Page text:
I would start from square one with some groundwork to figure out how much respect he actually does have. See how easy it is to move him out of your space forward, backwards, left and right. Gaining control of his feet puts you firmly on the path to gaining his respect. Don't limit practicing this to a "lesson time"; horses learn from every interaction with you, not only structured training time. Consistency is key.
Whenever you're around him, insist that he not crowd you, and that he move around you to suit your convenience, not you moving around him to suit his. If he's as pushy as it sounds, you may need to carry a dressage whip or NH-style stick to back up your requests at first until the memo makes it to his head that he isn't the big enchilada any more. No need to get mean about it, just firmly insist that your space is yours, and that his space is yours too. Ask, suggest, tell, and when you get a reaction release all pressure to reward. Just this will likely go a long way to making farrier visits run more smoothly.
Is the horse all right with you lifting his feet? Do they pop up immediately upon your cue? If not, practice until they do. Practice holding the hooves between your legs, the way the farrier will, as well as putting his feet up on a jack. Hold him there for longer and longer periods of time to acclimate him to it. Thump the bottom of his shoes with the hoof pick to make sure that he's comfortable with the nailing process. Any other thing that you can think of that the farrier will do to him, practice and prepare. Set him up for success. Practice every day; make the mock farrier visit a part of your daily routine.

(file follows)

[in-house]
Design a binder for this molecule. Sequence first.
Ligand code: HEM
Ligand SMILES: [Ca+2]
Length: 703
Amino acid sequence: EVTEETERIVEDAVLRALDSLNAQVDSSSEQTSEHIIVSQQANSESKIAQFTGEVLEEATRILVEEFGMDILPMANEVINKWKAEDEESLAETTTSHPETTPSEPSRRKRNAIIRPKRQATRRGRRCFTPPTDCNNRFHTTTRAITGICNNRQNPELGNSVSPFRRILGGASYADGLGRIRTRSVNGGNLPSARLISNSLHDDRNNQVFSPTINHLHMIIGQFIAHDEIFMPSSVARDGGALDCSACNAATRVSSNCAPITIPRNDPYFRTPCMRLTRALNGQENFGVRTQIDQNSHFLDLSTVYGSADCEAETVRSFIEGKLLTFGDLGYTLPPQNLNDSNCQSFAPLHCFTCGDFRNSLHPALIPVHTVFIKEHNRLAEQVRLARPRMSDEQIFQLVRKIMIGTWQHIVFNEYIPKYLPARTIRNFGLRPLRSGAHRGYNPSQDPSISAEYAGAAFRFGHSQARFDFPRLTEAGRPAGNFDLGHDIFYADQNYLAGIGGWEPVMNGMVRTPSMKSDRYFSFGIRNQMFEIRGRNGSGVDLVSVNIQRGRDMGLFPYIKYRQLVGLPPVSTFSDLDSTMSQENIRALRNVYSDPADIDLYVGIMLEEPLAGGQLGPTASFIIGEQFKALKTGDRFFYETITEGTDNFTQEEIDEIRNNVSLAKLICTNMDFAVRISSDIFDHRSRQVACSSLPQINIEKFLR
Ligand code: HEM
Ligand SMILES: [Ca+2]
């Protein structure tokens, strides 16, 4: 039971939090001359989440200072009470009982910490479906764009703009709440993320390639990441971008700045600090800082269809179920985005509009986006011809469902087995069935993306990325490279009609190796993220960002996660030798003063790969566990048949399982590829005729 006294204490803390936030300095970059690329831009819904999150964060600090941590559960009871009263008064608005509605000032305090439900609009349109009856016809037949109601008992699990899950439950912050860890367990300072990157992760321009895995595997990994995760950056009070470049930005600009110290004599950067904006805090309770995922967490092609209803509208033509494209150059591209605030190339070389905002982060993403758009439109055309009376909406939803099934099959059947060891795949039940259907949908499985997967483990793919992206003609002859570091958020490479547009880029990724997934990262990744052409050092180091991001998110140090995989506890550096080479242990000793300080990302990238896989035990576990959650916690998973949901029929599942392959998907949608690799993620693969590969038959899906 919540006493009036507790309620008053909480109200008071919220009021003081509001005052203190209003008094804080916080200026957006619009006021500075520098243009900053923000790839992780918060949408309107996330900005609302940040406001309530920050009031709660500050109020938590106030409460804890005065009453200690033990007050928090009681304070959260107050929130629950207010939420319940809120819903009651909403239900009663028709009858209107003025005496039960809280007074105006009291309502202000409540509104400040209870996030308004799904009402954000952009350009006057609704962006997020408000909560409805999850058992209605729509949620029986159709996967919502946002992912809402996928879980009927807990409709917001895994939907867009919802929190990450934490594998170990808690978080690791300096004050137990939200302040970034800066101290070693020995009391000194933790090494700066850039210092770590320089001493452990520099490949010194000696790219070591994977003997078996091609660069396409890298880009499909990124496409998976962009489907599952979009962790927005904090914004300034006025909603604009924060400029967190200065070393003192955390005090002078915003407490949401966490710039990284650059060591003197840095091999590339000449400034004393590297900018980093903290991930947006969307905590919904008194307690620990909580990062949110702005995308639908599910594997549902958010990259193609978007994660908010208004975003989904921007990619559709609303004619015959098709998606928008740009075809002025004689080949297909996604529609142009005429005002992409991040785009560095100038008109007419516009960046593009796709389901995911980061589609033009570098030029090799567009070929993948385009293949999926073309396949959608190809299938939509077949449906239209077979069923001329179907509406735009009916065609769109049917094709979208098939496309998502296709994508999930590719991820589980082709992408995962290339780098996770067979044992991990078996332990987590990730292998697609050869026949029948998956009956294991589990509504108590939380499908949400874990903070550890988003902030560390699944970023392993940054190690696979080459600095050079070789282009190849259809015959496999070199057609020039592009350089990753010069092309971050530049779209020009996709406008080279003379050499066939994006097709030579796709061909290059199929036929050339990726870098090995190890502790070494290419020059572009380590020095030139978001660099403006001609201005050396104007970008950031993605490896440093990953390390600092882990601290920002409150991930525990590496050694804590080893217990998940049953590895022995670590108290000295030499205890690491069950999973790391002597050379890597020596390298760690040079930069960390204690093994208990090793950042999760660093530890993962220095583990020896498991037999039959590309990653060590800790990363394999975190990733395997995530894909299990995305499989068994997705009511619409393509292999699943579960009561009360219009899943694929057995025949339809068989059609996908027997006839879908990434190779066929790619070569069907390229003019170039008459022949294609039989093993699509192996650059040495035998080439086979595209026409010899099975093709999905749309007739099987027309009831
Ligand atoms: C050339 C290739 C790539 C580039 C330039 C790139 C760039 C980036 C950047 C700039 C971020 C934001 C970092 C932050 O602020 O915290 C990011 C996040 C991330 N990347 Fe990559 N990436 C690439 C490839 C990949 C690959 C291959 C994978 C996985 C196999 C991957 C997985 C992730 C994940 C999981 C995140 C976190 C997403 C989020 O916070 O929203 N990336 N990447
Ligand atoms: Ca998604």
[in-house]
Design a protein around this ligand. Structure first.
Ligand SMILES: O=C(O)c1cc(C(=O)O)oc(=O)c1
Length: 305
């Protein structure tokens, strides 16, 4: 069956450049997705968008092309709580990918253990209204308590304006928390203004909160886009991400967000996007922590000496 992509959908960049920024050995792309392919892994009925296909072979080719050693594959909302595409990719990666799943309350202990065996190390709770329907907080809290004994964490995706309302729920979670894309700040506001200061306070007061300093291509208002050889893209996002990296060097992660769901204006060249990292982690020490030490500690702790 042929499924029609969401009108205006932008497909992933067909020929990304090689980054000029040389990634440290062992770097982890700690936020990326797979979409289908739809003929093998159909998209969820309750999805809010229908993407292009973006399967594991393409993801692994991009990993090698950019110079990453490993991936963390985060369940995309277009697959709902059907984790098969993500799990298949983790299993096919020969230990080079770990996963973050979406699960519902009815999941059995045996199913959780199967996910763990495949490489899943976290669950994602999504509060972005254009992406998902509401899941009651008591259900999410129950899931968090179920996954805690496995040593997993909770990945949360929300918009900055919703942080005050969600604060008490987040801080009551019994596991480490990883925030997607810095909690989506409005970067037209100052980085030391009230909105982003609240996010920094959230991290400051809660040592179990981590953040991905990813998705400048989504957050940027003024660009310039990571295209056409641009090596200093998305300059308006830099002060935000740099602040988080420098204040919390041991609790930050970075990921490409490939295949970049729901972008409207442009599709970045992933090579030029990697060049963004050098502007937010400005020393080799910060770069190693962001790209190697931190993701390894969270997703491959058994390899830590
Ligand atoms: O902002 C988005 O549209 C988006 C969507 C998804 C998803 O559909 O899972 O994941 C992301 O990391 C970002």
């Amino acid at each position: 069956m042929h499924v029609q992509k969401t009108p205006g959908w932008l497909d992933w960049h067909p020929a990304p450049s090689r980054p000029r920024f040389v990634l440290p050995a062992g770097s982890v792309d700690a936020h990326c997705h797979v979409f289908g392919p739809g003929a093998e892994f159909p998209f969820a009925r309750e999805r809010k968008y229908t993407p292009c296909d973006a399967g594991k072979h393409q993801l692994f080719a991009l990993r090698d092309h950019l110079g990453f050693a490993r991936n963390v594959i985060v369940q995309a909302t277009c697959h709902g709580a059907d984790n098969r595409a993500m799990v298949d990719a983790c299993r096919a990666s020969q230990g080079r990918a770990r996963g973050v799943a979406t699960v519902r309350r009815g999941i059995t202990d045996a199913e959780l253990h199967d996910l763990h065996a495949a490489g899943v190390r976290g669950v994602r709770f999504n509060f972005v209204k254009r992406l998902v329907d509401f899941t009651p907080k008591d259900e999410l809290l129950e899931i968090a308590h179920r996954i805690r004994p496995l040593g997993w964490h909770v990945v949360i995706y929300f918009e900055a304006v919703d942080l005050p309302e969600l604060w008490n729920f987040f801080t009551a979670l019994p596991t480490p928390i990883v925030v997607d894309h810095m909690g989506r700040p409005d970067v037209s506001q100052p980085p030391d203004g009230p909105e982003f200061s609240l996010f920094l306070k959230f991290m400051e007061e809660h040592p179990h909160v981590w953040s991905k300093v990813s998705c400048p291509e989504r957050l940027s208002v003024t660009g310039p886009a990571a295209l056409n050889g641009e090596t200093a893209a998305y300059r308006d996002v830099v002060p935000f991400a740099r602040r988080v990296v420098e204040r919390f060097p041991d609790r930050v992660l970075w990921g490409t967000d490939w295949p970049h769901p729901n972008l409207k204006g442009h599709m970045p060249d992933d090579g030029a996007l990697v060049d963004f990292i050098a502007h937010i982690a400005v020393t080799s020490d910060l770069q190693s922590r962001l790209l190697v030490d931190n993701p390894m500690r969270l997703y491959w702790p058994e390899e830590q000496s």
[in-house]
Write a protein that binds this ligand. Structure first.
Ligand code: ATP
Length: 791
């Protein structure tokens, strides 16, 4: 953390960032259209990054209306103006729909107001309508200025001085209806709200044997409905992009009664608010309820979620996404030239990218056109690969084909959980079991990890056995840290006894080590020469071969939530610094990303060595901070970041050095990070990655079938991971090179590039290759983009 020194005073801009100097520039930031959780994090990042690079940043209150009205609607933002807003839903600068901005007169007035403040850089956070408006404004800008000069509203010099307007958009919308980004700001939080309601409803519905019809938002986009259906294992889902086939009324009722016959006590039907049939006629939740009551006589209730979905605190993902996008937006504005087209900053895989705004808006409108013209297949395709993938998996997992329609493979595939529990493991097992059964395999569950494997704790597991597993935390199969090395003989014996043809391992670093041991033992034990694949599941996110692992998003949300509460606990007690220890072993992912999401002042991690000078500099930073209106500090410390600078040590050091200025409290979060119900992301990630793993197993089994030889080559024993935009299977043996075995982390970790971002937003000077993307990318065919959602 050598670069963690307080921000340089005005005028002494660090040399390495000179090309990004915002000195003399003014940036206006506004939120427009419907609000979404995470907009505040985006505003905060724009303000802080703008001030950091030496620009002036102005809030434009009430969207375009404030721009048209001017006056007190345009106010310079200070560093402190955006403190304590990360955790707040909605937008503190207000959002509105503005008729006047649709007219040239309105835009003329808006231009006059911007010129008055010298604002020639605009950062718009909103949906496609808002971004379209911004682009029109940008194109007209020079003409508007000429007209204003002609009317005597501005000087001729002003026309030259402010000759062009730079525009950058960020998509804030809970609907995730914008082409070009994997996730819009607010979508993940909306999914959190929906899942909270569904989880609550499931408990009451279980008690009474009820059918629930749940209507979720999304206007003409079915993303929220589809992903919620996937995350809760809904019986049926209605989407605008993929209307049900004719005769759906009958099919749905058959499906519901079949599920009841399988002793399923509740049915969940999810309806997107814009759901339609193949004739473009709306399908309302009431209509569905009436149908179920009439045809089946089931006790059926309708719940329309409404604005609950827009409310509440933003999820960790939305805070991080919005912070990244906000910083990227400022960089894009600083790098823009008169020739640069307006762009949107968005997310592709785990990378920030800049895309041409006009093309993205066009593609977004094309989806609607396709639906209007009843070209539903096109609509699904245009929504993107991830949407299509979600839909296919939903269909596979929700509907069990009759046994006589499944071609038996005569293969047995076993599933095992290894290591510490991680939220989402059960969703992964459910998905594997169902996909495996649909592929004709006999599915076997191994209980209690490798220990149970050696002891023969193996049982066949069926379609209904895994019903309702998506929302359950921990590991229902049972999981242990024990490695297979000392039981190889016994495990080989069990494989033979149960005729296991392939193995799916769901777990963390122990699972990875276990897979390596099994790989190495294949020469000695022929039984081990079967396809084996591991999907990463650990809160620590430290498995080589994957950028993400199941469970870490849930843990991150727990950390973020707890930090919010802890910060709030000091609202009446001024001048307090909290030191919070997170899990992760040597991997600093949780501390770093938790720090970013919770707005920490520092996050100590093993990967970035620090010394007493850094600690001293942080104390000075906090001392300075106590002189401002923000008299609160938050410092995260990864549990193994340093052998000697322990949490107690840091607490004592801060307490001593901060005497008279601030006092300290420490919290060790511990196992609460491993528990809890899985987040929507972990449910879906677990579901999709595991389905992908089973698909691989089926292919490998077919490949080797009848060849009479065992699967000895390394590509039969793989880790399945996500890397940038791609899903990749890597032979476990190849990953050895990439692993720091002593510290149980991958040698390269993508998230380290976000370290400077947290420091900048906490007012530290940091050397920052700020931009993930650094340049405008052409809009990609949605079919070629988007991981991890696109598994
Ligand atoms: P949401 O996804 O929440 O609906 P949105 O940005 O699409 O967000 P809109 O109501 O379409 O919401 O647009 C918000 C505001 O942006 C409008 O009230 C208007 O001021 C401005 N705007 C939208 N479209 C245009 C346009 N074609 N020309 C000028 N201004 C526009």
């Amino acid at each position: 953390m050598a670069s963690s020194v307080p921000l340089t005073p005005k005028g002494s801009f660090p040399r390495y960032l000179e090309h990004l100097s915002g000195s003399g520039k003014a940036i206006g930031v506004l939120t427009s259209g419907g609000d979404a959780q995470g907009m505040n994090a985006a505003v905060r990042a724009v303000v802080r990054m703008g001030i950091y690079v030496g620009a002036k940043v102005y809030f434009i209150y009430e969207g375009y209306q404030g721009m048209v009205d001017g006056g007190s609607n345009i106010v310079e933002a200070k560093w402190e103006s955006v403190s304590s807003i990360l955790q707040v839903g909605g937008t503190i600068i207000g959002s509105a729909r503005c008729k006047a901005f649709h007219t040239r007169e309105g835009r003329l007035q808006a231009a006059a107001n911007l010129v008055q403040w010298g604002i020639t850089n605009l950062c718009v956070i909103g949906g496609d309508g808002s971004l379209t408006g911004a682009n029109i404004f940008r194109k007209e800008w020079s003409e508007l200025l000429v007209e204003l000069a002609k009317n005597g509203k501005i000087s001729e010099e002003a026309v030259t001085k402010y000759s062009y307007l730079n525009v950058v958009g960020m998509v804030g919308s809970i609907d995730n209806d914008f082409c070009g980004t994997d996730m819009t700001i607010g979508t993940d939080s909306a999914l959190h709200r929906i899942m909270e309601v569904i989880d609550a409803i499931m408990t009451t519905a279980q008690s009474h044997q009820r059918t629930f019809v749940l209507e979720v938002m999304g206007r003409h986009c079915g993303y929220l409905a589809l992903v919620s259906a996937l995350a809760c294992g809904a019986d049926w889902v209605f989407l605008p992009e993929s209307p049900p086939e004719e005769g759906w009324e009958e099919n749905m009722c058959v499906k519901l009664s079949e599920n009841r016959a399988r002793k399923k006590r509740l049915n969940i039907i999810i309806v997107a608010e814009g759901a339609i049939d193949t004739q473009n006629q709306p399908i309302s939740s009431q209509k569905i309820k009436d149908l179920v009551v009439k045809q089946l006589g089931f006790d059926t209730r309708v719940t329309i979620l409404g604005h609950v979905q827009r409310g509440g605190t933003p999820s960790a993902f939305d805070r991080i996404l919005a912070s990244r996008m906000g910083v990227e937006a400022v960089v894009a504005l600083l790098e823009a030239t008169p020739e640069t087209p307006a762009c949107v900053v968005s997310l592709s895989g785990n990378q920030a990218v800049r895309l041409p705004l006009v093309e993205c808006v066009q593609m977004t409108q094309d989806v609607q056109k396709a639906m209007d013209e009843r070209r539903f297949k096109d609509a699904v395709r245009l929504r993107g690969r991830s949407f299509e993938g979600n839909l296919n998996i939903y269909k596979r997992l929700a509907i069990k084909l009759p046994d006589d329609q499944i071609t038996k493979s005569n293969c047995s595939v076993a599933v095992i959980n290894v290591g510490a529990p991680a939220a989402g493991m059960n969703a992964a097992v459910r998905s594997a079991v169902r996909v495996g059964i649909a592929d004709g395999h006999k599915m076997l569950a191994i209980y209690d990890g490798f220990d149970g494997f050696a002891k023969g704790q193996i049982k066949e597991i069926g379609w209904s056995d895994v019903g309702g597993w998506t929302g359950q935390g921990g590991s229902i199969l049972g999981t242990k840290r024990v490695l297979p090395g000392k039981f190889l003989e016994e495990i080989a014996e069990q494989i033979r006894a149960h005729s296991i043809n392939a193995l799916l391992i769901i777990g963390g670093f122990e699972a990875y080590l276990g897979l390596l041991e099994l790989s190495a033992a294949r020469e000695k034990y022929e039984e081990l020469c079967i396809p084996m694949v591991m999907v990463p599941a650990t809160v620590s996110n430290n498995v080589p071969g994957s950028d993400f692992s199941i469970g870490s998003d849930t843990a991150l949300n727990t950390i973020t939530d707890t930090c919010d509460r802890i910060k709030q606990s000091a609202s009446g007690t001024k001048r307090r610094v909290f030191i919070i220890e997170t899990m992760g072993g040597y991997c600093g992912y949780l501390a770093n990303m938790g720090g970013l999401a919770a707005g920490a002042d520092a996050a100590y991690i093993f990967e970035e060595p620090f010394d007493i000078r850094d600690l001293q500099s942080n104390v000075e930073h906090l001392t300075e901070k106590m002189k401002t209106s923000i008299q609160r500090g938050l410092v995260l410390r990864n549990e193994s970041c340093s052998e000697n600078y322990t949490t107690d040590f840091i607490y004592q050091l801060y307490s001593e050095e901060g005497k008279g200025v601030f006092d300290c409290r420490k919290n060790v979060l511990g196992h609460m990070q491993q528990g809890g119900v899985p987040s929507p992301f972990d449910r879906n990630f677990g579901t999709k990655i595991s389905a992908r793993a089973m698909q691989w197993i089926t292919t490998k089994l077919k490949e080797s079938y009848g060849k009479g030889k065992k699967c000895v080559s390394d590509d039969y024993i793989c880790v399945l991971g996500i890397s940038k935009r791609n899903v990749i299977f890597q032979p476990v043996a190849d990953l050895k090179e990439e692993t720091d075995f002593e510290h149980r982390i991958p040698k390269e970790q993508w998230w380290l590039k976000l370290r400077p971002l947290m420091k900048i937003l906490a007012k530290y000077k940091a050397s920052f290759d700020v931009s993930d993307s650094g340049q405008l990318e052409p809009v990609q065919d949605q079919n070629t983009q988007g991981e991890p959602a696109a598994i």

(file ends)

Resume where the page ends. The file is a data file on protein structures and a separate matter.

I'll bet within a week of working on basic respect as well as the farrier prep, he's better on the ground all the way around, and a lot more fun to deal with day to day.
I can deeply sympathize with your farrier; although I agree with you that the 2X4 suggestion is a bit extreme. It's the job of the owner to have the horse prepared for the farrier or vet; many farriers and vets will charge higher prices for dealing with overly fussy horses, or will flatly refuse to deal with some. The farrier's job is difficult enough without having to add a pushy, fussy patient into the mix.